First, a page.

Photo: Nika Kramer

 

 



Art

Vintage Family Photos Painted As Large Scale Murals by Mohamed L’Ghacham

April 21, 2019

Andrew LaSane

Separación De Poderes II, Ostend (Belgium) 2019

Morocco-born, Barcelona-based artist Mohamed L’Ghacham paints large figurative murals based on scenes from vintage family photos and everyday objects. Often choosing photographic “accidents” for their authenticity, the artist paints meals, table settings, toasts, and other communal rituals performed by normal people. When viewed at a wall-sized scale, the personal and seemingly unimportant moments gain new meaning and become more emotionally resonant for viewers despite never having met the families portrayed.

L’Ghacham’s use of muted color palettes connects the murals with their respective urban surroundings while also staying true to the vintage aesthetic of the source photography. Loose, layered brush strokes give the general shape of facial features and objects, but a step back from the image is necessary to appreciate the full snapshot. Head to the Mohamed L’Ghacham’s Vimeo page to see the artist in action, and follow his Instagram for more in-progress and completed mural photos.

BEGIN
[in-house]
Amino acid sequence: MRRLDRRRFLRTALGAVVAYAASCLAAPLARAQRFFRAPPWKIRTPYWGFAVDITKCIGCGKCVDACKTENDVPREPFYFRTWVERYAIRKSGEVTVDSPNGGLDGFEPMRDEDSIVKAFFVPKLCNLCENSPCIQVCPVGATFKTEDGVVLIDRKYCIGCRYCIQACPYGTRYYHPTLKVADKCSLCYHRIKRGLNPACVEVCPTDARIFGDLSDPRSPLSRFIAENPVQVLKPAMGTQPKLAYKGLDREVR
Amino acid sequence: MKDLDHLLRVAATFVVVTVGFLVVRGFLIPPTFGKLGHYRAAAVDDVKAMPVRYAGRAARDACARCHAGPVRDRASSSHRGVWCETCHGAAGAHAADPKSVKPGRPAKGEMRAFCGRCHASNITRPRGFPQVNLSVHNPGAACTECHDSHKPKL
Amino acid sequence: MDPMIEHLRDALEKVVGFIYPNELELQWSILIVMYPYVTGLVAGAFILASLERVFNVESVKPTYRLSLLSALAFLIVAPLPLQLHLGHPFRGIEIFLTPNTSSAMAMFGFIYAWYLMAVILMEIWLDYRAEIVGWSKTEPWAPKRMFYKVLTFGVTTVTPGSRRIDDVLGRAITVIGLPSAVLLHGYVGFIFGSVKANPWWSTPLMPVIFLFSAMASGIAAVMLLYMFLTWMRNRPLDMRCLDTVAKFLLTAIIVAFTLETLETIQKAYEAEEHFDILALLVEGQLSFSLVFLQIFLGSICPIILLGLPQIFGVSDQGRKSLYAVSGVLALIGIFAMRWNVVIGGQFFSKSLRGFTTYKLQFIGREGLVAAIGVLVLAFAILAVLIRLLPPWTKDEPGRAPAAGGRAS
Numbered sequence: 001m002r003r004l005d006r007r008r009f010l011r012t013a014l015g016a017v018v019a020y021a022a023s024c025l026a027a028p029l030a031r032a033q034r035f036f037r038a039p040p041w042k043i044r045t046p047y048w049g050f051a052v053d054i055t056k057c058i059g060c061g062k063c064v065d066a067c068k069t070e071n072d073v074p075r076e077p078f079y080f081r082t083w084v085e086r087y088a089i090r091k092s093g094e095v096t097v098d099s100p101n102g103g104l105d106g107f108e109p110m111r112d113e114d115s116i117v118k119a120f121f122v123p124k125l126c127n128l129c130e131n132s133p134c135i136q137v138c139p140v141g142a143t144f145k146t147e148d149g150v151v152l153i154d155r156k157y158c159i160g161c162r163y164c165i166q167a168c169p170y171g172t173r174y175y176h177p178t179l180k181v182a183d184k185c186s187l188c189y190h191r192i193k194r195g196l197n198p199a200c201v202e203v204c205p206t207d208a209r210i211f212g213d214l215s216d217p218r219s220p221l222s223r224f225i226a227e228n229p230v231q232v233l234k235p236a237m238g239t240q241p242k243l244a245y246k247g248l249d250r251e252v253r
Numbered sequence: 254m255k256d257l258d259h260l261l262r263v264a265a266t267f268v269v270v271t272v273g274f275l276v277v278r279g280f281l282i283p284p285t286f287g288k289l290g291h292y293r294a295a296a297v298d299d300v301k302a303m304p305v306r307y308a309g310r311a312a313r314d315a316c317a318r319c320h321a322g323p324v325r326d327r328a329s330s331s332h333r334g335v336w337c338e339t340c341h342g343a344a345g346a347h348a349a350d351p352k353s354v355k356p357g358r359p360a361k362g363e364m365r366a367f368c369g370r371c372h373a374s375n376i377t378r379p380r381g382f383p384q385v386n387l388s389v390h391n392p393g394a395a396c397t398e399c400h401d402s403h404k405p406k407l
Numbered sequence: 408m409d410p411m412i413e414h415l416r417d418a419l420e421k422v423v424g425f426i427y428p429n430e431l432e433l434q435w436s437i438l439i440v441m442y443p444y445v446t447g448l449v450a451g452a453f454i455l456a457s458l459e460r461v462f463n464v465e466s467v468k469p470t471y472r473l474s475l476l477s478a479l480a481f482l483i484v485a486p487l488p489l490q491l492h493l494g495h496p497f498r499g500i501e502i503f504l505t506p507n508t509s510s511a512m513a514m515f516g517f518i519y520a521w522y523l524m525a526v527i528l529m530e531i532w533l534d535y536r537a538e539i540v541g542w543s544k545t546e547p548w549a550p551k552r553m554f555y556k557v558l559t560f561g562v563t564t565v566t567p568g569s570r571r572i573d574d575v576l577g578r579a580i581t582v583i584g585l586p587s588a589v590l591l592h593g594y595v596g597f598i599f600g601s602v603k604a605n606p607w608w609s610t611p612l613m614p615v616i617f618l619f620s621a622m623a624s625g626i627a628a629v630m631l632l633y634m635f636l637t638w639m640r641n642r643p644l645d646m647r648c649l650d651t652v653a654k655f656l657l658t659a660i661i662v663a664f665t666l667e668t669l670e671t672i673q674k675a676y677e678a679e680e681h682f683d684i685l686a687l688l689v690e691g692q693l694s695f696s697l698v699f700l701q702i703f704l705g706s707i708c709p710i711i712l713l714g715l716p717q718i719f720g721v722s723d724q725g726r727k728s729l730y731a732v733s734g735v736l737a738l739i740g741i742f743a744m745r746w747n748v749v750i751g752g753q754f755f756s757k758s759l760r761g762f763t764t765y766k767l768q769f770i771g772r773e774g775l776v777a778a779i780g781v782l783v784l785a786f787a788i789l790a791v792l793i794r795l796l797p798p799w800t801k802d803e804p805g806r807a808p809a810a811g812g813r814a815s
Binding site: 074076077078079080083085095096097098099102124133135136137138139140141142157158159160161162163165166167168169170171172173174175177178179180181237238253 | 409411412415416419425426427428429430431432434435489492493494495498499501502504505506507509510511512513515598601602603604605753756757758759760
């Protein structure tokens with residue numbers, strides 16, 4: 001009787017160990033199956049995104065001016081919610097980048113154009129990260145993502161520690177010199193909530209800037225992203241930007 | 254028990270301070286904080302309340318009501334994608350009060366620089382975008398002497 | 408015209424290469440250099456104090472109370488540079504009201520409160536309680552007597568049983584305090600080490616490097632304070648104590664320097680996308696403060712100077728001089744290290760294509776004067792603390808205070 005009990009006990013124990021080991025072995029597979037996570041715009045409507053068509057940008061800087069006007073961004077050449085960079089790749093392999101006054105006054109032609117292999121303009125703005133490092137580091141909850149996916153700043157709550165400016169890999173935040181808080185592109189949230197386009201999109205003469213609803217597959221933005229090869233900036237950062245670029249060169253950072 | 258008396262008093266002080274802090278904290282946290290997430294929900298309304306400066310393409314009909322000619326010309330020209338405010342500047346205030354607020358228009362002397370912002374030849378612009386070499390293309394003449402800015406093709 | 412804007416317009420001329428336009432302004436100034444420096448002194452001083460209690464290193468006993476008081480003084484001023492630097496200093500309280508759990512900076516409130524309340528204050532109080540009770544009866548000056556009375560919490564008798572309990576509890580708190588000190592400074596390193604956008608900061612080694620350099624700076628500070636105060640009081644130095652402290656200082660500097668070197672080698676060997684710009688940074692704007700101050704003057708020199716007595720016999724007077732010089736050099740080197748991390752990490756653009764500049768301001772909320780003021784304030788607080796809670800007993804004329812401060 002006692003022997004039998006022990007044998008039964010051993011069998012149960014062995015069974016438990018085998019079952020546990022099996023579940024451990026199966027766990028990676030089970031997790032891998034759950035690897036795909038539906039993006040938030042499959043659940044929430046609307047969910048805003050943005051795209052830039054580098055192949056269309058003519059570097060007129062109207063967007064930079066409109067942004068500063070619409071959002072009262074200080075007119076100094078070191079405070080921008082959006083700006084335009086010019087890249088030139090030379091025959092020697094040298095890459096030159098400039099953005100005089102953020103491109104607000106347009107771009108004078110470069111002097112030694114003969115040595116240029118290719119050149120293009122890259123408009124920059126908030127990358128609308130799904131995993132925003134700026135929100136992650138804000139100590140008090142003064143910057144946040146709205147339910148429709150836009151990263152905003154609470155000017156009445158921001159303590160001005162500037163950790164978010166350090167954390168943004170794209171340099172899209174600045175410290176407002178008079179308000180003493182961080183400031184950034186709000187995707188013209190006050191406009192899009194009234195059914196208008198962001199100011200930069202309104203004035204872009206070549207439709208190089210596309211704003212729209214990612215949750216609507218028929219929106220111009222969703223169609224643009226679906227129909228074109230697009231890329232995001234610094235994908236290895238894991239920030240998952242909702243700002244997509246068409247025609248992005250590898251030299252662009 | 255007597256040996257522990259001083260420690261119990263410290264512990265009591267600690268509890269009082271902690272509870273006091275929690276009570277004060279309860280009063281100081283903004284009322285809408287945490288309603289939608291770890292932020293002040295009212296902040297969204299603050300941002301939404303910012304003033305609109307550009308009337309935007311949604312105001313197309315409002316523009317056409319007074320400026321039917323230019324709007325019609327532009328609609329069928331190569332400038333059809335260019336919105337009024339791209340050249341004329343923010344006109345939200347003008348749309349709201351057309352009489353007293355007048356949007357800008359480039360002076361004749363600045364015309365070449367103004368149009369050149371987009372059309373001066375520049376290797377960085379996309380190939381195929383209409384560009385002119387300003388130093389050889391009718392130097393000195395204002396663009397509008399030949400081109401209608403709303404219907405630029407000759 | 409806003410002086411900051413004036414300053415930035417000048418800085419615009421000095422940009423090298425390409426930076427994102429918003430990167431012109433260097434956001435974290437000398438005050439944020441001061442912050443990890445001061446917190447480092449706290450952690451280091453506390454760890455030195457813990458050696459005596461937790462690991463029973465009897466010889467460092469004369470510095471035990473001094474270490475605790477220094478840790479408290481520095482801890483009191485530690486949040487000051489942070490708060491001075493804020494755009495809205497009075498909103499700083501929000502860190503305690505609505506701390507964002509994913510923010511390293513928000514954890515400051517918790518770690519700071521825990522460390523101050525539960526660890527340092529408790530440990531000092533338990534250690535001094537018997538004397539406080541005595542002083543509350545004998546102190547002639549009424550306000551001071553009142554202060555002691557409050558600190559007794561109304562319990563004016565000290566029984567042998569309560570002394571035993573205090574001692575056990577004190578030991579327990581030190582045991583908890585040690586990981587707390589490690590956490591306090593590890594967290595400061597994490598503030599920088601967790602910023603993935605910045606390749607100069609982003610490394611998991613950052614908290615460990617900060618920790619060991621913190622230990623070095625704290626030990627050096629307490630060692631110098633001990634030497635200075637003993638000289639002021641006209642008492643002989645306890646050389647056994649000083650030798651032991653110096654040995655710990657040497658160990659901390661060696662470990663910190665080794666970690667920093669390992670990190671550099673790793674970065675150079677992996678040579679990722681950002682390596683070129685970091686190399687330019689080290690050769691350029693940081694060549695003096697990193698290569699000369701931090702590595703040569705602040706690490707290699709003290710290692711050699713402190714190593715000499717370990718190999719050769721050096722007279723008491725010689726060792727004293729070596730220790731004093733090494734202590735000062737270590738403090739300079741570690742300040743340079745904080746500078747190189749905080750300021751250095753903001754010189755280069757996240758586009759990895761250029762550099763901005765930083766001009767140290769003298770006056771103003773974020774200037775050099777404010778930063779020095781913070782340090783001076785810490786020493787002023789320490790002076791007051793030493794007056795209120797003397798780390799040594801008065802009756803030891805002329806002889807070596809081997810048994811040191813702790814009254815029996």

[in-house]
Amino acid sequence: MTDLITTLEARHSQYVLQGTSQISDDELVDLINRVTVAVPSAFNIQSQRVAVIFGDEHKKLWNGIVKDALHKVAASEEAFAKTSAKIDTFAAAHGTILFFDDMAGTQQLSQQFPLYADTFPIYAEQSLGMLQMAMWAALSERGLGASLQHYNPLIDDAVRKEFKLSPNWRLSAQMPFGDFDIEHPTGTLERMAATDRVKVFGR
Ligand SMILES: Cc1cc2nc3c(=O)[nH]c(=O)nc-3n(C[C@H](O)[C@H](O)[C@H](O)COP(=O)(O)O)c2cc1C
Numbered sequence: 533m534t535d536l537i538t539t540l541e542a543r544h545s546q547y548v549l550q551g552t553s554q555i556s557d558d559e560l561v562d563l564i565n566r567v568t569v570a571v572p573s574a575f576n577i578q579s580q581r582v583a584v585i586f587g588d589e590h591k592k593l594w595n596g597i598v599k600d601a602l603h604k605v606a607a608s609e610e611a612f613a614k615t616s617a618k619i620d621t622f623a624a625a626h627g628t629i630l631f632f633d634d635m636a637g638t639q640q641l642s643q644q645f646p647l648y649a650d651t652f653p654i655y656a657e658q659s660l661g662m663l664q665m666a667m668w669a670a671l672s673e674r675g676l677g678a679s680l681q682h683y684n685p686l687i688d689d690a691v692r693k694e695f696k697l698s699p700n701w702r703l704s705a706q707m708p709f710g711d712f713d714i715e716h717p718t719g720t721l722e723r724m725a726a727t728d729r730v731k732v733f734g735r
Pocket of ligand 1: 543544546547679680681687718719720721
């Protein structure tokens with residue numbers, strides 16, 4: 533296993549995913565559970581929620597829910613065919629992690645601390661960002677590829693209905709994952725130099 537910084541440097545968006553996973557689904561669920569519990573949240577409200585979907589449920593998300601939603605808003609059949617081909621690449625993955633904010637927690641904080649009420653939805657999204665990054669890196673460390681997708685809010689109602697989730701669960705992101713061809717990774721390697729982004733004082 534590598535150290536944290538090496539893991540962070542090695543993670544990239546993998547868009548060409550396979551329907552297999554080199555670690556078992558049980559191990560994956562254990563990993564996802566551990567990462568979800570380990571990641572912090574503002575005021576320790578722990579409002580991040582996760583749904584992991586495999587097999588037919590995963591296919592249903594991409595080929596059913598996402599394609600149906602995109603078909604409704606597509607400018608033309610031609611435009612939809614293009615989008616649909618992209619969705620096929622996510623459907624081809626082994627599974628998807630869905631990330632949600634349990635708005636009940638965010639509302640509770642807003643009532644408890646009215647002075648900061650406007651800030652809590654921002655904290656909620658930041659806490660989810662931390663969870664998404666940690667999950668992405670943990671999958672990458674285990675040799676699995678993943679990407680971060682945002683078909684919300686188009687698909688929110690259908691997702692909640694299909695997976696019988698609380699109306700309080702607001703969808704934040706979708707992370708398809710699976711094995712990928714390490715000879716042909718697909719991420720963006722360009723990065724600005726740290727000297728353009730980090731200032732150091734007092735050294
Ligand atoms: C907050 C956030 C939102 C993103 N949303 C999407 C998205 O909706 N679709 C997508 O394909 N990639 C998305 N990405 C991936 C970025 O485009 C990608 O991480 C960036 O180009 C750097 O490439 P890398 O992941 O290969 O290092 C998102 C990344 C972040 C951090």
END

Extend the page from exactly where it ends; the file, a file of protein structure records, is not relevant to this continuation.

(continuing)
Separación De Poderes II, Ostend (Belgium) 2019

Reunión de vecinos, Mataró (Spain) 2017

Le cadeau, Paris (France) 2017

¿Es papá y me lleva a casa? with Alba Trench, La Roca del Vallés (Spain) 2017

El Baile, Ragusa (Italy) 2018

Casa Paquita, Can Picafort (Spain), 2017

Aquí no et faltarà pa… with Ivan Floro, Granollers (Spain), 2018

Por Angelo!, Lioni (Italy), 2018

Cena para dos II with Alba Trench, Fuerteventura, Canary Islands (Spain) 2019

 

 



Art

Ten Massive Spanish Silos Transformed to Promote Social Inclusion

April 15, 2019

Kate Sierzputowski

Mural by Bicicleta sem Freio

Mural by Bicicleta sem Freio, all photos courtesy Antonio Rivera & Elchino Po

Ink and Movement have partnered with the Spanish disabilities rights association Laborvalía to promote the integration of people with disabilities into society and the workplace through collaborative mural-making. The cultural project, Titanes, will bring 14 street artists including Okuda San Miguel (previously), Fintan Magee (previously), and Nychos (previously) to Spanish municipalities. Massive murals will transform old silos in Calzada de Calatrava, Ciudad Real, Corral de Calatrava, Herencia, La Solana, Manzanares, Malagón, Porzuna and Villanueva de los Infantes.

Each artist will work alongside members of the Laborvalía association to make the realization of the large-scale works come to life through October 2019, and situate the region of Ciudad Real as a new art destination. The initiative marks the 15th anniversary of Urban Art, the first large-format art festival in Spain, which was founded bv Ink and Movement under their previous name Pluralform. You can learn more about the Titanes project on their website and Instagram.

Mural by Okuda San Miguel

Mural by Okuda San Miguel

Mural by Okuda San Miguel

Mural by Okuda San Miguel

Mural by Hell'o

Mural by Hell’o

Mural by Hell'o

Mural by Hell’o

Mural by Demsky J + Smithe

Mural by Demsky J + Smithe

Mural by Demsky J + Smithe

Mural by Demsky J + Smithe